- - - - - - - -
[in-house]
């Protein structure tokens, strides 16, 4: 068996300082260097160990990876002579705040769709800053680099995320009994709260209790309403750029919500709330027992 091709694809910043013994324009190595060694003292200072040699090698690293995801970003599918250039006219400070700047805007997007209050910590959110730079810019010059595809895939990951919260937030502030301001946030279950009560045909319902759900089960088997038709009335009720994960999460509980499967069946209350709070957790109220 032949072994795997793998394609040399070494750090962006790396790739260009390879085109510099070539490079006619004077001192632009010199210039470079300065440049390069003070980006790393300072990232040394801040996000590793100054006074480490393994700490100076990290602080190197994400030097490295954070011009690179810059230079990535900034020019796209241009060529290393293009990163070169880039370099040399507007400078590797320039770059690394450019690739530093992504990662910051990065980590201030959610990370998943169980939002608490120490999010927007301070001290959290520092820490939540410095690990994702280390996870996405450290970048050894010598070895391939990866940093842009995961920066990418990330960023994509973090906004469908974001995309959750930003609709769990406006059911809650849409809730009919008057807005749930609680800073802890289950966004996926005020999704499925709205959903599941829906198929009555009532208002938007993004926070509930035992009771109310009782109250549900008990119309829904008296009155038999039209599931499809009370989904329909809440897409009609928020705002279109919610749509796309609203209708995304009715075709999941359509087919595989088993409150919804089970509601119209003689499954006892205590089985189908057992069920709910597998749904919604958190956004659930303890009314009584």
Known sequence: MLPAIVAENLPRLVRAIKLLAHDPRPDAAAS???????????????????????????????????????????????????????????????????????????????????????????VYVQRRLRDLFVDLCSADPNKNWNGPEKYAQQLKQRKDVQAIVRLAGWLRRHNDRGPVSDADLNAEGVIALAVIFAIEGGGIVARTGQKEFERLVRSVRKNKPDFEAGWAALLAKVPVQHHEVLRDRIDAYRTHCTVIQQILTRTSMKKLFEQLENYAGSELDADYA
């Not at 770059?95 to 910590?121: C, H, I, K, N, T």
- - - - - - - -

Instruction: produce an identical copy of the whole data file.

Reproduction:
[in-house]
């Protein structure tokens, strides 16, 4: 068996300082260097160990990876002579705040769709800053680099995320009994709260209790309403750029919500709330027992 091709694809910043013994324009190595060694003292200072040699090698690293995801970003599918250039006219400070700047805007997007209050910590959110730079810019010059595809895939990951919260937030502030301001946030279950009560045909319902759900089960088997038709009335009720994960999460509980499967069946209350709070957790109220 032949072994795997793998394609040399070494750090962006790396790739260009390879085109510099070539490079006619004077001192632009010199210039470079300065440049390069003070980006790393300072990232040394801040996000590793100054006074480490393994700490100076990290602080190197994400030097490295954070011009690179810059230079990535900034020019796209241009060529290393293009990163070169880039370099040399507007400078590797320039770059690394450019690739530093992504990662910051990065980590201030959610990370998943169980939002608490120490999010927007301070001290959290520092820490939540410095690990994702280390996870996405450290970048050894010598070895391939990866940093842009995961920066990418990330960023994509973090906004469908974001995309959750930003609709769990406006059911809650849409809730009919008057807005749930609680800073802890289950966004996926005020999704499925709205959903599941829906198929009555009532208002938007993004926070509930035992009771109310009782109250549900008990119309829904008296009155038999039209599931499809009370989904329909809440897409009609928020705002279109919610749509796309609203209708995304009715075709999941359509087919595989088993409150919804089970509601119209003689499954006892205590089985189908057992069920709910597998749904919604958190956004659930303890009314009584």
Known sequence: MLPAIVAENLPRLVRAIKLLAHDPRPDAAAS???????????????????????????????????????????????????????????????????????????????????????????VYVQRRLRDLFVDLCSADPNKNWNGPEKYAQQLKQRKDVQAIVRLAGWLRRHNDRGPVSDADLNAEGVIALAVIFAIEGGGIVARTGQKEFERLVRSVRKNKPDFEAGWAALLAKVPVQHHEVLRDRIDAYRTHCTVIQQILTRTSMKKLFEQLENYAGSELDADYA
């Not at 770059?95 to 910590?121: C, H, I, K, N, T």